The following morning, Mr Witherspoon greeted the news of his son's ambition to become a painter with rather less enthusiasm than his wife had.
Henry's father was an accountant, a serious man with an eye for detail and a sense of perspective.
Always well turned out, never a hair out of place, he needed things to be tidy. Above all, he liked numbers, facts, things he could estimate. Numbers lived and breathed for Mr Witherspoon just as much as the tiger did for Henry. He felt comfortable with things he could count and figures he could calculate. And he never once let himself get excited.
'Emotions cloud your judgment,' he always used to say, and was happy to leave this side of things to his wife Verity. It pleased him to see Henry's mother get so much enjoyment out of her painting, but this was not the kind of thing he wanted to encourage in his son.
'It's out of the question, Verity. Painting's not for boys. Henry has to start preparing for life, and he's not going to earn a living from painting.' Henry looked from his father to his mother, expectantly. His father's words had the feel of a Saturday about them - dull, damp, and completely beyond his understanding. He didn't grasp a word of what his father was saying.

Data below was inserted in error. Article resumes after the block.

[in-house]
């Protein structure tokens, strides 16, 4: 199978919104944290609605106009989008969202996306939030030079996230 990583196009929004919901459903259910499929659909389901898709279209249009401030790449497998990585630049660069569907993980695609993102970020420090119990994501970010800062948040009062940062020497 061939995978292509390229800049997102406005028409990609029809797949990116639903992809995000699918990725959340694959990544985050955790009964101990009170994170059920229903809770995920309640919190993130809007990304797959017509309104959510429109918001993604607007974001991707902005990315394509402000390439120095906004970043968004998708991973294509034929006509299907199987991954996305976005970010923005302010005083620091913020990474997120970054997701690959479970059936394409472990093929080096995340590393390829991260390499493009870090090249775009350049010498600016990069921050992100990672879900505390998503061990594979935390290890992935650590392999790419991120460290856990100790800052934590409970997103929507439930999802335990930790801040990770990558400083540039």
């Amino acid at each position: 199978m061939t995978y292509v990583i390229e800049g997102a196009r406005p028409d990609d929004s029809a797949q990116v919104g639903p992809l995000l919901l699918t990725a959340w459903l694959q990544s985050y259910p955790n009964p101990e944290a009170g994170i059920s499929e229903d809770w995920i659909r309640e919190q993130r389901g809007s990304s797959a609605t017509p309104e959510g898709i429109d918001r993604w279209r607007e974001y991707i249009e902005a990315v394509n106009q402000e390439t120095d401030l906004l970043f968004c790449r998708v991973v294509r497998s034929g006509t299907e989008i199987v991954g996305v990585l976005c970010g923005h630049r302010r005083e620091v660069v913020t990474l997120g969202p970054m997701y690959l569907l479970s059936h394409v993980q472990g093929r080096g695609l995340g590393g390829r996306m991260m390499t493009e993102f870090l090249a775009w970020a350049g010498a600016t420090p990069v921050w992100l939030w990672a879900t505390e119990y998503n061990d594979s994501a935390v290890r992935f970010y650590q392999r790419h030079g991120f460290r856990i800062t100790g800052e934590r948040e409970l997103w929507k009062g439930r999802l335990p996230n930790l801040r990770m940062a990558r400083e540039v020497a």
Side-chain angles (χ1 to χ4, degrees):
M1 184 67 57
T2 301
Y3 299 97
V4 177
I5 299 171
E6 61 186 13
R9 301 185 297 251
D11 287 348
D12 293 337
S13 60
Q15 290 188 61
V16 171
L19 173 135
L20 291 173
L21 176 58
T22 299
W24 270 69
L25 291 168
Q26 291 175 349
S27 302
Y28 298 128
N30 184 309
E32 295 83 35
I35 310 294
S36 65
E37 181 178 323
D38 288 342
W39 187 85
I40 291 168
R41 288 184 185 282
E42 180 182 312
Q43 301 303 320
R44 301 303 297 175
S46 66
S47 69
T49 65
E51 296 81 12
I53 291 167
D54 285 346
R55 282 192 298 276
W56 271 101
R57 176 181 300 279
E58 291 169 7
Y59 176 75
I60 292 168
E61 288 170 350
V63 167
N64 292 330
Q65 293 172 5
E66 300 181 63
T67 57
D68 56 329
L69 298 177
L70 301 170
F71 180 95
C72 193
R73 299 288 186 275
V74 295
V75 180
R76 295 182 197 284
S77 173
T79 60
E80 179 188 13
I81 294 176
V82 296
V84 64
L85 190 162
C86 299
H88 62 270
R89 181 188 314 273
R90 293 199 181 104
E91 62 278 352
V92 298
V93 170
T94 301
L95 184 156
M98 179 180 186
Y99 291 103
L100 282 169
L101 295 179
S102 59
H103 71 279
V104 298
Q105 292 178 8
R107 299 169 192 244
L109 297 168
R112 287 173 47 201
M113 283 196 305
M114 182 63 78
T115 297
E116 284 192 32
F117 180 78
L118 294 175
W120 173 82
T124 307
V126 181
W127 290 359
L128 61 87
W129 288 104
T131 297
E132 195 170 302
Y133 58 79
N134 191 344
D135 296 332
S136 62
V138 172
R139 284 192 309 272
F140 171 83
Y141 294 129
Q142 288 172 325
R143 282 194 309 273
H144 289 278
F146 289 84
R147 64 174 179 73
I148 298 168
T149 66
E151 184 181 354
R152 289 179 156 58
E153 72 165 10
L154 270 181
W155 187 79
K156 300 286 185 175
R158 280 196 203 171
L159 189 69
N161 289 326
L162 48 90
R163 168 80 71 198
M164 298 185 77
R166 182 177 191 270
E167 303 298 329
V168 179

'If I'd known that exhibition you dragged us off to yesterday was going to have this effect,' Mr Witherspoon went on, 'I would never have agreed to it.'
But all I want to do is paint, Henry thought. It seems a harmless enough thing to ask. And he waited for his mother to say something. But nothing came. Not a sound. Not a sign. She just smiled.
Henry could hardly believe it when his father simply carried on. Unchallenged.
'No one ever made a decent living from painting,' he added. And Henry saw himself forced to take matters into his own hands.
'What about Trousseau?' he said with ten-year-old defiance in his voice.
'You mean Rousseau, Henry,' his mother explained, coming to his rescue at last. 'Henri Rousseau, with an i.' Fortunately for Henry she didn't mention the fact that Henri Rousseau with an i had died in poverty, not a penny to his name - something which he only learned much later, and which certainly wouldn't have helped his case. Not that it made any difference 'Never heard of him,' Mr Witherspoon replied. And Henry wondered what on earth his father had been doing at the exhibition. 'Anyway, Verity, have you considered for a moment how much the materials would cost?'
Ah, thought Henry, now we're getting closer to the truth. He doesn't really mind as long as it doesn't cost him anything.
But still his mother gave no sign of a fighting word in support of her son. She just kept smiling at his father, kissed him (yes, kissed him—Henry could hardly believe it!) on the cheek, and said almost in a whisper: 'We'll talk about it later, Digby dear.'